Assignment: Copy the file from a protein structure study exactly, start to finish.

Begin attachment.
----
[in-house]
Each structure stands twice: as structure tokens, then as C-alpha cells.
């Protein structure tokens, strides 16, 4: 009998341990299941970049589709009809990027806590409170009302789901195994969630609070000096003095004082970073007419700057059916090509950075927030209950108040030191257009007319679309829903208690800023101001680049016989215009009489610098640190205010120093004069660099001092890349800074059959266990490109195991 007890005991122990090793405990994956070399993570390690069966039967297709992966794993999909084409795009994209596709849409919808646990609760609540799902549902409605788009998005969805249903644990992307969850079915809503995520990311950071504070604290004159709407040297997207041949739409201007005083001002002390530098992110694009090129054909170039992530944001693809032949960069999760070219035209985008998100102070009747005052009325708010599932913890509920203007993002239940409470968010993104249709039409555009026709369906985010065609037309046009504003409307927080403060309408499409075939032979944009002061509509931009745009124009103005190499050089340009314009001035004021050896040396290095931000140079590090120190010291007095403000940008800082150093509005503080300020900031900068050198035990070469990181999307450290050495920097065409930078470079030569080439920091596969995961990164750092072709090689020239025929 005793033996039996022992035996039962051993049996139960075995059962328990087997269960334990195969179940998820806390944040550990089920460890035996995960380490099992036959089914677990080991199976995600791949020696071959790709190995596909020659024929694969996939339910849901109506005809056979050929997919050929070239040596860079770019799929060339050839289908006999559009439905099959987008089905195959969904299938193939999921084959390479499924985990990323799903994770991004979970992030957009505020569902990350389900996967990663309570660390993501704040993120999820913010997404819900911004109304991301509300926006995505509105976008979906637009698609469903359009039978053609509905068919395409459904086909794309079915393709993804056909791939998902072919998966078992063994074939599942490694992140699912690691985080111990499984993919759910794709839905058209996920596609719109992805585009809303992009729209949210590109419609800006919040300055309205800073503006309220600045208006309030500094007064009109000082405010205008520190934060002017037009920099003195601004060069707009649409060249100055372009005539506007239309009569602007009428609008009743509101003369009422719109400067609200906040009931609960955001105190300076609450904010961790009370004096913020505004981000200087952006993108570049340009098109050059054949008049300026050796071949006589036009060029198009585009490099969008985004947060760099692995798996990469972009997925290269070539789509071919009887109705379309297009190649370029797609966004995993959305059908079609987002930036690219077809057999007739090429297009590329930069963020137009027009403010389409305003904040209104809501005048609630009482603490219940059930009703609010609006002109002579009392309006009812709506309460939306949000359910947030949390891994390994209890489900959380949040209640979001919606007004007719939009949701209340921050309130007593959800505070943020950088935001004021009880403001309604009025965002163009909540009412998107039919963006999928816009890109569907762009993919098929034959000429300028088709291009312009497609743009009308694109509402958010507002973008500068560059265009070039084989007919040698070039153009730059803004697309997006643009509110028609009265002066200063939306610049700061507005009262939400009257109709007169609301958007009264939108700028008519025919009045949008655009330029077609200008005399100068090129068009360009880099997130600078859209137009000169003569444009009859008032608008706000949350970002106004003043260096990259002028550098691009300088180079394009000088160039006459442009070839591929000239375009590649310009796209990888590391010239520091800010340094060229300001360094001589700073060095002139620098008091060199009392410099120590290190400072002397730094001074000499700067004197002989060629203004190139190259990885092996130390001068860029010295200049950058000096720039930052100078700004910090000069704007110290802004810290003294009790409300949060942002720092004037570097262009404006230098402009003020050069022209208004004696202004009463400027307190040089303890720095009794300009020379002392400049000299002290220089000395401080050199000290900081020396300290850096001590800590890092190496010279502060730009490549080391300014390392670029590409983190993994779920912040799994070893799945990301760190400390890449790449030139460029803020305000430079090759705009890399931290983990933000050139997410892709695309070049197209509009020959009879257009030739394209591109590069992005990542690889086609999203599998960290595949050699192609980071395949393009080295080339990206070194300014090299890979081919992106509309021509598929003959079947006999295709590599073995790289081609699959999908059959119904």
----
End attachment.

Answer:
[in-house]
Each structure stands twice: as structure tokens, then as C-alpha cells.
């Protein structure tokens, strides 16, 4: 009998341990299941970049589709009809990027806590409170009302789901195994969630609070000096003095004082970073007419700057059916090509950075927030209950108040030191257009007319679309829903208690800023101001680049016989215009009489610098640190205010120093004069660099001092890349800074059959266990490109195991 007890005991122990090793405990994956070399993570390690069966039967297709992966794993999909084409795009994209596709849409919808646990609760609540799902549902409605788009998005969805249903644990992307969850079915809503995520990311950071504070604290004159709407040297997207041949739409201007005083001002002390530098992110694009090129054909170039992530944001693809032949960069999760070219035209985008998100102070009747005052009325708010599932913890509920203007993002239940409470968010993104249709039409555009026709369906985010065609037309046009504003409307927080403060309408499409075939032979944009002061509509931009745009124009103005190499050089340009314009001035004021050896040396290095931000140079590090120190010291007095403000940008800082150093509005503080300020900031900068050198035990070469990181999307450290050495920097065409930078470079030569080439920091596969995961990164750092072709090689020239025929 005793033996039996022992035996039962051993049996139960075995059962328990087997269960334990195969179940998820806390944040550990089920460890035996995960380490099992036959089914677990080991199976995600791949020696071959790709190995596909020659024929694969996939339910849901109506005809056979050929997919050929070239040596860079770019799929060339050839289908006999559009439905099959987008089905195959969904299938193939999921084959390479499924985990990323799903994770991004979970992030957009505020569902990350389900996967990663309570660390993501704040993120999820913010997404819900911004109304991301509300926006995505509105976008979906637009698609469903359009039978053609509905068919395409459904086909794309079915393709993804056909791939998902072919998966078992063994074939599942490694992140699912690691985080111990499984993919759910794709839905058209996920596609719109992805585009809303992009729209949210590109419609800006919040300055309205800073503006309220600045208006309030500094007064009109000082405010205008520190934060002017037009920099003195601004060069707009649409060249100055372009005539506007239309009569602007009428609008009743509101003369009422719109400067609200906040009931609960955001105190300076609450904010961790009370004096913020505004981000200087952006993108570049340009098109050059054949008049300026050796071949006589036009060029198009585009490099969008985004947060760099692995798996990469972009997925290269070539789509071919009887109705379309297009190649370029797609966004995993959305059908079609987002930036690219077809057999007739090429297009590329930069963020137009027009403010389409305003904040209104809501005048609630009482603490219940059930009703609010609006002109002579009392309006009812709506309460939306949000359910947030949390891994390994209890489900959380949040209640979001919606007004007719939009949701209340921050309130007593959800505070943020950088935001004021009880403001309604009025965002163009909540009412998107039919963006999928816009890109569907762009993919098929034959000429300028088709291009312009497609743009009308694109509402958010507002973008500068560059265009070039084989007919040698070039153009730059803004697309997006643009509110028609009265002066200063939306610049700061507005009262939400009257109709007169609301958007009264939108700028008519025919009045949008655009330029077609200008005399100068090129068009360009880099997130600078859209137009000169003569444009009859008032608008706000949350970002106004003043260096990259002028550098691009300088180079394009000088160039006459442009070839591929000239375009590649310009796209990888590391010239520091800010340094060229300001360094001589700073060095002139620098008091060199009392410099120590290190400072002397730094001074000499700067004197002989060629203004190139190259990885092996130390001068860029010295200049950058000096720039930052100078700004910090000069704007110290802004810290003294009790409300949060942002720092004037570097262009404006230098402009003020050069022209208004004696202004009463400027307190040089303890720095009794300009020379002392400049000299002290220089000395401080050199000290900081020396300290850096001590800590890092190496010279502060730009490549080391300014390392670029590409983190993994779920912040799994070893799945990301760190400390890449790449030139460029803020305000430079090759705009890399931290983990933000050139997410892709695309070049197209509009020959009879257009030739394209591109590069992005990542690889086609999203599998960290595949050699192609980071395949393009080295080339990206070194300014090299890979081919992106509309021509598929003959079947006999295709590599073995790289081609699959999908059959119904």